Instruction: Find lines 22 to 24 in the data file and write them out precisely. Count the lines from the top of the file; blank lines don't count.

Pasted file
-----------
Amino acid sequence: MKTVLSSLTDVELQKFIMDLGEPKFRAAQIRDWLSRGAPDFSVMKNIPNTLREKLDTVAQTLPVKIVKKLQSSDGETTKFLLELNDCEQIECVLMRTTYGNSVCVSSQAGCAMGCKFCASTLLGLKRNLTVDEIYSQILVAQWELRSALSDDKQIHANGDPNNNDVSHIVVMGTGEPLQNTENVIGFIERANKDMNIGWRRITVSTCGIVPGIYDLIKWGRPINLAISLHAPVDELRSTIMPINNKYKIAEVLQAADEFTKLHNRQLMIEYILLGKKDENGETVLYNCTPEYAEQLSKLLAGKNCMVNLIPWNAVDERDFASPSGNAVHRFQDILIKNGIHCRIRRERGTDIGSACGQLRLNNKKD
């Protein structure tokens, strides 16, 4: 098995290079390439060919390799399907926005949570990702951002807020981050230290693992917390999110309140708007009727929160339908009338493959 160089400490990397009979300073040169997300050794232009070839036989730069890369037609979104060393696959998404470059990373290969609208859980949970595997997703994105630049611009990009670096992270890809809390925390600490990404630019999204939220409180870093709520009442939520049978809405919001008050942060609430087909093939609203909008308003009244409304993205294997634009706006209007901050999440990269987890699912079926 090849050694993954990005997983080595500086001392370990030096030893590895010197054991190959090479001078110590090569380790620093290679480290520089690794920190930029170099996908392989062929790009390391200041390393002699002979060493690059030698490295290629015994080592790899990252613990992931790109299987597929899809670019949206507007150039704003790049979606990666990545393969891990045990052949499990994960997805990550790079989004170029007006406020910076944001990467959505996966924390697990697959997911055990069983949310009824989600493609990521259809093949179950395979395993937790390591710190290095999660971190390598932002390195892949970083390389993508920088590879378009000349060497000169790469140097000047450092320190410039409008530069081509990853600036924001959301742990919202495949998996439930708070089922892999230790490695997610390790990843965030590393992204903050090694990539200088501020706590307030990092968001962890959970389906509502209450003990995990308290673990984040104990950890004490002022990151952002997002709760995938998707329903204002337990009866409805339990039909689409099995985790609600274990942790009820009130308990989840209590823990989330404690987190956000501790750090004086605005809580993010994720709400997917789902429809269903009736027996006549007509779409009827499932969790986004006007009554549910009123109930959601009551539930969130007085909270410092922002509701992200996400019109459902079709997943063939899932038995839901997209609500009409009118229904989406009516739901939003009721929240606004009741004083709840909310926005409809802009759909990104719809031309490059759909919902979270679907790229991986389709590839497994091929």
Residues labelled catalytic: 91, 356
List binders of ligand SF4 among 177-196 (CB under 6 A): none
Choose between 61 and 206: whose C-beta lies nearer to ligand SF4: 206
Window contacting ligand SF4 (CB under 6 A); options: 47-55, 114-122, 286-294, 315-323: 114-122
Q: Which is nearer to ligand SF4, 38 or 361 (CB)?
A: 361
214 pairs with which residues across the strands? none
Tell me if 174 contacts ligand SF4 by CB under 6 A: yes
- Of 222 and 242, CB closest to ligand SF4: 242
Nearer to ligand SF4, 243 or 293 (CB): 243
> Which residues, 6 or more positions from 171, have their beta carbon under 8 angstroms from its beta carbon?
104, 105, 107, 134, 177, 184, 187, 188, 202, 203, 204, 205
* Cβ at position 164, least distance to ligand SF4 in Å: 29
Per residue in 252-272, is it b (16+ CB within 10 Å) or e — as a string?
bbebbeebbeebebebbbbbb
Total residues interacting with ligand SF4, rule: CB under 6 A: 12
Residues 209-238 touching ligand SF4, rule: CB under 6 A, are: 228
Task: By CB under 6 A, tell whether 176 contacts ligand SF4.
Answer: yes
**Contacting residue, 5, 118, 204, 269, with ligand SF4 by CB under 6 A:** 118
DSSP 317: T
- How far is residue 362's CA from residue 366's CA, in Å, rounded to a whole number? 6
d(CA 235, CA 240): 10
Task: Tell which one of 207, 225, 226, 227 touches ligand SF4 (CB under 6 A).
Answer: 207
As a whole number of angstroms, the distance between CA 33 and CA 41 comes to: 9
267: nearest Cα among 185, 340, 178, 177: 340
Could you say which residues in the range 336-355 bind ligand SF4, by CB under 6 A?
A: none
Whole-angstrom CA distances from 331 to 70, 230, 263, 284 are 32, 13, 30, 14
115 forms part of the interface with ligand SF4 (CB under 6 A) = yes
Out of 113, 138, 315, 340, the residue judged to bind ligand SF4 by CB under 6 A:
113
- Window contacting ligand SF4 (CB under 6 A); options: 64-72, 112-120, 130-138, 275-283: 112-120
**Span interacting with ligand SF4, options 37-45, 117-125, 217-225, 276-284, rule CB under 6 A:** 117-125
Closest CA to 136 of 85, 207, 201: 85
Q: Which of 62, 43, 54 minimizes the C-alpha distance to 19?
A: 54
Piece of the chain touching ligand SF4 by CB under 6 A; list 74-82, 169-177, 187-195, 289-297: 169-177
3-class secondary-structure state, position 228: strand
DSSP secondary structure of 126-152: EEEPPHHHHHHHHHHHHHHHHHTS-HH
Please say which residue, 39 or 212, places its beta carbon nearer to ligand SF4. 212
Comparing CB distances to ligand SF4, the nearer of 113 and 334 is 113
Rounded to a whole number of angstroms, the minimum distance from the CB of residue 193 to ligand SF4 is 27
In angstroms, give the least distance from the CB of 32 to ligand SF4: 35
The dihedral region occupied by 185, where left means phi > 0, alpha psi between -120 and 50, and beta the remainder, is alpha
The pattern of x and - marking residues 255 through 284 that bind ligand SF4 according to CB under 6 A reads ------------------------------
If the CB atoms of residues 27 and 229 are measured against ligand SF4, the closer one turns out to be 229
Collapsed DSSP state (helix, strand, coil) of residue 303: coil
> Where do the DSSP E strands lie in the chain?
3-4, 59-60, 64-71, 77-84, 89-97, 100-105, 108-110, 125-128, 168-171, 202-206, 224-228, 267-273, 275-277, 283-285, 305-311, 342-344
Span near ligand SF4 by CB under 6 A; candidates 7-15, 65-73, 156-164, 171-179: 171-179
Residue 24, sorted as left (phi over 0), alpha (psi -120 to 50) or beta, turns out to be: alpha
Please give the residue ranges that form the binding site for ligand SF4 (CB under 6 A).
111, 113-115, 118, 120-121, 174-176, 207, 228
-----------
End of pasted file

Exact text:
**Contacting residue, 5, 118, 204, 269, with ligand SF4 by CB under 6 A:** 118
DSSP 317: T
- How far is residue 362's CA from residue 366's CA, in Å, rounded to a whole number? 6